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If you are interested in the history of the K98k, you can check out the introduction article here, or see the whole build process here.

If you like this project or have an idea of your own, drop us a line on enquiries.vintageairsoft@gmail.com to discuss. ‘Like’ our Facebook page or follow the blog to get regular updates on projects and interesting videos and articles.

Don’t forget you can buy many of our complete products via Etsy.

Kar98k: Build 2

Custom builds, K98k, Weapons, WWII

The next step was sorting out the fore-end. The foresight was 3D printed in ABS, I used filler paint to hide the layers and give it a textured look. It is screwed down to the barrel. The barrel is a piece of steel ERW tube, polished on the lathe and oil finished. This gives it a nice, subtly shiny finish that looks rather like a deep bluing.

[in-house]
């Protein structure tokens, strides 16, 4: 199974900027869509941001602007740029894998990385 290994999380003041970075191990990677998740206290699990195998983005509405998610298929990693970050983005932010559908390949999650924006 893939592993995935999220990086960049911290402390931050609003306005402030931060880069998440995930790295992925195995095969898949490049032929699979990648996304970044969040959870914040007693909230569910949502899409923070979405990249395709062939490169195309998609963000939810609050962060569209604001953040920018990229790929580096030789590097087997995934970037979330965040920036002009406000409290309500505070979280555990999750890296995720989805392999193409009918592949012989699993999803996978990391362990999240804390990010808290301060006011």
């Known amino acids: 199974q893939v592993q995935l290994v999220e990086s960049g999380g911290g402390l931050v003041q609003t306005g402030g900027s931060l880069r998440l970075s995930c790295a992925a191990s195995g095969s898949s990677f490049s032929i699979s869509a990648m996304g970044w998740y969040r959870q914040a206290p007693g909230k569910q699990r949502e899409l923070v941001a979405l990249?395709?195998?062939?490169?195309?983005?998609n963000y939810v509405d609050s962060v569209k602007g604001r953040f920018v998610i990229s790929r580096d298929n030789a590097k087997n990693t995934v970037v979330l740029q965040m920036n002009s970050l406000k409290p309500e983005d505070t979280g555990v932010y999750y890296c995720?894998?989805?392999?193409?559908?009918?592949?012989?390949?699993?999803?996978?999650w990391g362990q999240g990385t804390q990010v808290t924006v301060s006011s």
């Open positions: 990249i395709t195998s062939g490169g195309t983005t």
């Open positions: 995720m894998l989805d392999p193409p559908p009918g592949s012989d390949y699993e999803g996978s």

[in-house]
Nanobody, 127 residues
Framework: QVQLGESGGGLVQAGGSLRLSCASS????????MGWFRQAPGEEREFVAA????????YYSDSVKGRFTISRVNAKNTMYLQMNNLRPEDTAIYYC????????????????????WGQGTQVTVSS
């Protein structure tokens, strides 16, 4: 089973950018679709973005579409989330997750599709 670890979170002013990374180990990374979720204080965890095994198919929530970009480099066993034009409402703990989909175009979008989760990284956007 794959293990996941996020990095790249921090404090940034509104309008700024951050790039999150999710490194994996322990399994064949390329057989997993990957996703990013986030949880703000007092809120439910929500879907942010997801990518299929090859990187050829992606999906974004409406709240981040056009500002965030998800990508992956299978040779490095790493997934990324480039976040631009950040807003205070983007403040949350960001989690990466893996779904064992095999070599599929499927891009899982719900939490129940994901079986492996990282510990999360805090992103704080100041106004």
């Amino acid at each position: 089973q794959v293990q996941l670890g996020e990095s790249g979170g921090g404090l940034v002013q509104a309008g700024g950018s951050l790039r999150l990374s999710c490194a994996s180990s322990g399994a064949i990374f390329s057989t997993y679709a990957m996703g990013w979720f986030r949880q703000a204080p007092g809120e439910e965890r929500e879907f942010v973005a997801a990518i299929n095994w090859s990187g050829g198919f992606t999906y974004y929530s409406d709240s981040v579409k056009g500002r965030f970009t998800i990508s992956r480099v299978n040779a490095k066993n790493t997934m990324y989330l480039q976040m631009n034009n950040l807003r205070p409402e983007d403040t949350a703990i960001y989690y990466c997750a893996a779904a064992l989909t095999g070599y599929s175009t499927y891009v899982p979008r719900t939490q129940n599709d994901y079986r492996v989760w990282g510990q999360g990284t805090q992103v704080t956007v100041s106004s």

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A closer look and you can see the adjustable foresight blade.

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A quick view of the bottom, showing the new fake magwell and real magwell. The receiver screws down into the back of this section, the front of it is supported by the metal frame of the VSR magwell.
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The next step is to make the bolt handle unit. This is made in four parts. I turn the ball on the lathe, drill through it to fit a narrow diameter round bar which is brazed in place. I attach it to another part made on the lathe, which surrounds the haft of the bolt and has a cutout for the out of battery safety.

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The back cap is cast from my original 3D printed model used on the G98.

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And that, pretty well, is that. Just a few last bits of touching up paint here and there. I’ll also be making a scope mount for this soon, once I have worked out how to make one that looks ‘right’.

Finished pictures to come!

If you are interested in the history of the K98k, you can check out the introduction article here.

If you like this project or have an idea of your own, drop us a line on enquiries.vintageairsoft@gmail.com to discuss. ‘Like’ our Facebook page or follow the blog to get regular updates on projects and interesting videos and articles.

Don’t forget you can buy many of our complete products via Etsy.